Statesman caprice

John Howard’s great gift was that he could appear to speak for Australia. The Australia he spoke for did not always exist. Sometimes it was a conspicuous relic of the past. It excluded many, and antagonised others. But somehow Howard – this small plain man, a kind of comforting family solicitor – managed to summons up a voice that appeared universal.

Watching Tony Abbott struggle through his first year as prime minister, it is hard not to think of Howard. It was under Howard that Abbott truly came of age, more so than under earlier mentors such as B. A. Santamaria. Howard showed him retail politics. He showed him populism. He showed him the many and strange things that go towards becoming a prime minister.

But Howard was a magician, the greatest politician Abbott’s generation will see. Those politicians who learnt their trade under him, including Abbott, seem not to properly understand this. The budget was a fine example – difficult policy, flawed in so many ways, that Howard might have been able to sell but which the current government thoroughly botched. Howard was a conjurer, and those who watched him did not learn his tricks.

Too often, when Abbott speaks he does not sound as if he speaks for Australia. The pitch is wrong. The timbre is uncertain. When he praises the bravery of the Japanese submariners who attacked Sydney Harbour, for instance, he misjudges his audience. These are not gaffes – winks or misspoken words or insensitive assessments – they are part of a more fundamental disconnect between Abbott and the Australia he represents.

But that changed a little this week. Abbott’s response to the shooting down of MH17 over Ukraine was statesmanlike. He found a reserve of gravitas, a capacity to speak for a grieving nation, to make strong points without the pall of opportunism that has until now held back his attempts to capture situations. For once, he sounded like he might be talking for Australia. And Australia, for once, seemed happy to let him talk for it.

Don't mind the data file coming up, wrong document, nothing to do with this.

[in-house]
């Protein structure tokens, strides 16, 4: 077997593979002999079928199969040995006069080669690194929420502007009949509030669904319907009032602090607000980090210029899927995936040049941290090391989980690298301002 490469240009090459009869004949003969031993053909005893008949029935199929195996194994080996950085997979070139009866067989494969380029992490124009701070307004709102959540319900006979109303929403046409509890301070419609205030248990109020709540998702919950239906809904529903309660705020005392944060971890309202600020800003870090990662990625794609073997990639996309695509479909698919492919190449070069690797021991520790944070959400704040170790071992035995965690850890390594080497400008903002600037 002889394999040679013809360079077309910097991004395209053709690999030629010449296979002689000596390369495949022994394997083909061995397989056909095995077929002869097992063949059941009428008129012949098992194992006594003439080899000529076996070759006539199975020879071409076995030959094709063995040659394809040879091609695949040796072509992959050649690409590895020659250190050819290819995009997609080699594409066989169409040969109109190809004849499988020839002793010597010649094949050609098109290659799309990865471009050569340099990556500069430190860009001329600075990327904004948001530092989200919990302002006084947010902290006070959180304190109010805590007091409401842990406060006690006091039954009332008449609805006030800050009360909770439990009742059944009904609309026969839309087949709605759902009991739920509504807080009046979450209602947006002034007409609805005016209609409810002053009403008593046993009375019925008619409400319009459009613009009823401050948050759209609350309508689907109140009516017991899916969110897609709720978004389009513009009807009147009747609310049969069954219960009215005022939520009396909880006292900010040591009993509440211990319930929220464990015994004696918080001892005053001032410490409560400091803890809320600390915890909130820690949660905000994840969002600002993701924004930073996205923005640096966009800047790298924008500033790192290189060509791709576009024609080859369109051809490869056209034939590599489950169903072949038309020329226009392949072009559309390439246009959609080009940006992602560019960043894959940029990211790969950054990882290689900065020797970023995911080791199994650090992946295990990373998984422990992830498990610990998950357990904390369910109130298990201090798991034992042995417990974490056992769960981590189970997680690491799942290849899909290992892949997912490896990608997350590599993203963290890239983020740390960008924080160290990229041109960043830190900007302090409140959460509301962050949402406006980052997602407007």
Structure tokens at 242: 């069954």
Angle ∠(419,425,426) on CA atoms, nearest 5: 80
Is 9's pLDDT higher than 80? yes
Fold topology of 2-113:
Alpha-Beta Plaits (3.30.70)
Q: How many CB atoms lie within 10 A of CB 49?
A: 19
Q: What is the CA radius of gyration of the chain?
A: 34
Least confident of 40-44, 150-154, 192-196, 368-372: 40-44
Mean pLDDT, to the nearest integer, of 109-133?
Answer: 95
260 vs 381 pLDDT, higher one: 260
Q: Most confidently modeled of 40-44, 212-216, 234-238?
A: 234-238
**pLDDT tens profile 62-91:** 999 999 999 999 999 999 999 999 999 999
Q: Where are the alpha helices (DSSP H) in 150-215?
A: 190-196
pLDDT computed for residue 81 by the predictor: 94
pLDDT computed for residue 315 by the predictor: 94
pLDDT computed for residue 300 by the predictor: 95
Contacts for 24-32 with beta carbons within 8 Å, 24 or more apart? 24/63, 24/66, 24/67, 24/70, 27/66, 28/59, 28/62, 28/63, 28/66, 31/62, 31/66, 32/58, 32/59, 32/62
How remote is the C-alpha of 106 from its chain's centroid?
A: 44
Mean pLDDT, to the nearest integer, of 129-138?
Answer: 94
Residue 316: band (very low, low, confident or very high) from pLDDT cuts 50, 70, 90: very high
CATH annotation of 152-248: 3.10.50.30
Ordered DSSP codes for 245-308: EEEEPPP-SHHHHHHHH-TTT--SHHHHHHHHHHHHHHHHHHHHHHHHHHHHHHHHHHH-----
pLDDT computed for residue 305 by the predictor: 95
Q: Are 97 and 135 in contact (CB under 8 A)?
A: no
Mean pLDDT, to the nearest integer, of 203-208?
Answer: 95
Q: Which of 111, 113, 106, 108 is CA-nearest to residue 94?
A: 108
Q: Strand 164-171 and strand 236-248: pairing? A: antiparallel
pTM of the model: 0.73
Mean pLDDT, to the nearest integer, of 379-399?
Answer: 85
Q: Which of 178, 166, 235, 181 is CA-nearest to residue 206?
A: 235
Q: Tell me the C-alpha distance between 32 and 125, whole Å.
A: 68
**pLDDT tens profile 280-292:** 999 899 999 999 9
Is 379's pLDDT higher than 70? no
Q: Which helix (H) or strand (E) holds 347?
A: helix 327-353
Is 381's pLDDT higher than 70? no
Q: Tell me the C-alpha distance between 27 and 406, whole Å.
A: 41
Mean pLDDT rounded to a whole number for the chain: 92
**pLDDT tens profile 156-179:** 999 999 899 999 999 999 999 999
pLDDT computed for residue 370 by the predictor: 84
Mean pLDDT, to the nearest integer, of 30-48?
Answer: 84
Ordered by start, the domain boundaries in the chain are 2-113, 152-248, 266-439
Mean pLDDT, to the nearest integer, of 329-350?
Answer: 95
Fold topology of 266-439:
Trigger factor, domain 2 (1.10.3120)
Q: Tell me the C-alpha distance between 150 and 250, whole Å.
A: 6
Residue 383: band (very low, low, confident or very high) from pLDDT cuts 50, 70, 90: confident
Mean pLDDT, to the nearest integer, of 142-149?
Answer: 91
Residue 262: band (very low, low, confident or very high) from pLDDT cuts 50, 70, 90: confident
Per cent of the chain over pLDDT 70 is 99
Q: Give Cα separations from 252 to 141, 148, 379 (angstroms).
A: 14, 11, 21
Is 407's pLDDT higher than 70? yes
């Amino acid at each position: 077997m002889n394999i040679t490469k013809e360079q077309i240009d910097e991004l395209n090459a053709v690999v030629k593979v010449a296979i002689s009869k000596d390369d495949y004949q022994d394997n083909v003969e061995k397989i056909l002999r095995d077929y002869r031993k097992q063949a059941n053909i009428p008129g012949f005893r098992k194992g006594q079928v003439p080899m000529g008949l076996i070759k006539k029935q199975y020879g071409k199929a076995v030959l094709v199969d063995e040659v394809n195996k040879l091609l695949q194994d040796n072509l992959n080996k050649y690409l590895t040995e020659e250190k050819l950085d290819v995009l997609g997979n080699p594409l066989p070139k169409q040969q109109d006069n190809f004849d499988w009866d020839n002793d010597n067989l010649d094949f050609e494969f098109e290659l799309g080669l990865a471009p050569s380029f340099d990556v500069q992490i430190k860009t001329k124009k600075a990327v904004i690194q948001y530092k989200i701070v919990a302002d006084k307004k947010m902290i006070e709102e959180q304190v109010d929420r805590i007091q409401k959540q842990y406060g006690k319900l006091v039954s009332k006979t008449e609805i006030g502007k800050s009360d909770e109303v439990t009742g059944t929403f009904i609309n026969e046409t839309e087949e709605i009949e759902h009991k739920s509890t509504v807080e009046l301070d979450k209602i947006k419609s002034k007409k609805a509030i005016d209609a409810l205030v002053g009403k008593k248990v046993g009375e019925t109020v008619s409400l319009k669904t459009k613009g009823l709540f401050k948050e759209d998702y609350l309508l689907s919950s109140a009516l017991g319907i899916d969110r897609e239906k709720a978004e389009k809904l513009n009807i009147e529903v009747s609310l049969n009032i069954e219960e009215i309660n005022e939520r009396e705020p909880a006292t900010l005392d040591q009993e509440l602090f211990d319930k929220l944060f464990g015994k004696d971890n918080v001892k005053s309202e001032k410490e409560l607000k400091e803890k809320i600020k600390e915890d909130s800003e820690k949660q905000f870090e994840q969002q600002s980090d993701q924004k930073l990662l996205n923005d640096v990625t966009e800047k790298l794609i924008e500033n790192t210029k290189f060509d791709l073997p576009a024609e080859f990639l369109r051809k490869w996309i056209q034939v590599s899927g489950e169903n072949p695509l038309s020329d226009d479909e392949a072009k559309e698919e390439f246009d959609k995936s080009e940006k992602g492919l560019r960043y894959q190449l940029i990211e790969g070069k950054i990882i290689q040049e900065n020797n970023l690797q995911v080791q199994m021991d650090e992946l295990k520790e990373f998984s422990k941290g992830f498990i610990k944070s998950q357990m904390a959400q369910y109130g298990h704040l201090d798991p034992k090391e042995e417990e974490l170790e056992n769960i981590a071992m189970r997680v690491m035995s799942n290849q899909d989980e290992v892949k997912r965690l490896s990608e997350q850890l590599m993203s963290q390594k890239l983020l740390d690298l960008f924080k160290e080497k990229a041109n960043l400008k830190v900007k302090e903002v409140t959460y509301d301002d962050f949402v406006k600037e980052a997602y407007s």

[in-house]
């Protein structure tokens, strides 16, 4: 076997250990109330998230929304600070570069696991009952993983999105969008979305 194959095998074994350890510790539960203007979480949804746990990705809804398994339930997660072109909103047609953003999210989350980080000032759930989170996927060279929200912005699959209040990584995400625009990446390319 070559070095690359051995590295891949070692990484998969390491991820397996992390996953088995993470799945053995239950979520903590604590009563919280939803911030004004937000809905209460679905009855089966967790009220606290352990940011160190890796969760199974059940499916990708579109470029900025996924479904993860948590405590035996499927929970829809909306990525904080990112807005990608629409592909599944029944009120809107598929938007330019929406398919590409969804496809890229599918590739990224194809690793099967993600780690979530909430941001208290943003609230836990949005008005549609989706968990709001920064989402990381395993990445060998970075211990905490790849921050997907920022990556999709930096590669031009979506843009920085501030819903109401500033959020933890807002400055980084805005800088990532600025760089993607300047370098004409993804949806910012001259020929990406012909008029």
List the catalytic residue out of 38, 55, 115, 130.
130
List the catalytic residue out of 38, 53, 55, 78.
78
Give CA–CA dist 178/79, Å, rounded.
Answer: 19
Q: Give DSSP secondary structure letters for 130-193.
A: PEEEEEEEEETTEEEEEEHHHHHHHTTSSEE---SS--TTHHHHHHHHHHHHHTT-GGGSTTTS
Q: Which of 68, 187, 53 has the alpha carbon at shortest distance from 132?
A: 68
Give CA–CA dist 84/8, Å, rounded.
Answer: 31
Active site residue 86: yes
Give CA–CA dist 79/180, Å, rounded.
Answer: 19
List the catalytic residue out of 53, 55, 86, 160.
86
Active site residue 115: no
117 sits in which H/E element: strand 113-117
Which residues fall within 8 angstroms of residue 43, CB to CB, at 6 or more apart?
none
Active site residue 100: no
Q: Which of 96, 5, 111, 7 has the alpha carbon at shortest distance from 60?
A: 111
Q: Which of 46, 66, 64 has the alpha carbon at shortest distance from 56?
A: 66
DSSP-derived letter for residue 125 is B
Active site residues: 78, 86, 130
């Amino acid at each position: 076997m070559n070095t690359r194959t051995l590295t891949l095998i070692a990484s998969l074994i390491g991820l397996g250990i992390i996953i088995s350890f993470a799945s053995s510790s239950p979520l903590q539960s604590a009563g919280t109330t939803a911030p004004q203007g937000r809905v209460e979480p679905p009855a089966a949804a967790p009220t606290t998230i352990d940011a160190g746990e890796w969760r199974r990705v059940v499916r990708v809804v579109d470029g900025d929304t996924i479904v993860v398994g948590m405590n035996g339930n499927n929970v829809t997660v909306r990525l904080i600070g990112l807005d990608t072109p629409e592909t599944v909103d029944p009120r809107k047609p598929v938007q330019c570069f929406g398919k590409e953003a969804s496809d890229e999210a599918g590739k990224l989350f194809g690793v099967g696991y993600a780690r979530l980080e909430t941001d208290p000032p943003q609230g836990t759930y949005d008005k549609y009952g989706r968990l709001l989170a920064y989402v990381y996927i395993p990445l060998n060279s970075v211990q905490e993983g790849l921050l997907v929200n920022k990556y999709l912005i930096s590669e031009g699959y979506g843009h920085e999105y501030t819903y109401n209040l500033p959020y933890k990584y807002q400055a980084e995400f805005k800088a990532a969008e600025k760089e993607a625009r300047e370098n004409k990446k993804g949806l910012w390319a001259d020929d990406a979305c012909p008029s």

When Abbott sheeted home blame to the Kremlin, he did so with muscular precision. He was not complicated, but he was ahead of the baddies rhetoric that has nobbled previous attempts at hard diplomacy.

When Abbott demanded access to the crash site be guaranteed, he occupied a position of early foresight. When he criticised the Russian ambassador’s initial response as “deeply, deeply unsatisfactory” and called Russia “very substantially to blame”, he exerted commendable pressure. Australia’s part in the security council resolution that subsequently passed confirmed both these things.

It is too early to say if this represents a new confidence in Abbott’s leadership. Whether the space created by parliament’s winter break will let some of this statesmanship take root is yet to be seen. What can be said is that this represents a coherence not seen since the Coalition took office. When Abbott said the nation “bleeds” for the victims of this attack, he found for himself and his prime ministership a new voice.

This article was first published in the print edition of The Saturday Paper on Jul 26, 2014 as "Statesman caprice".

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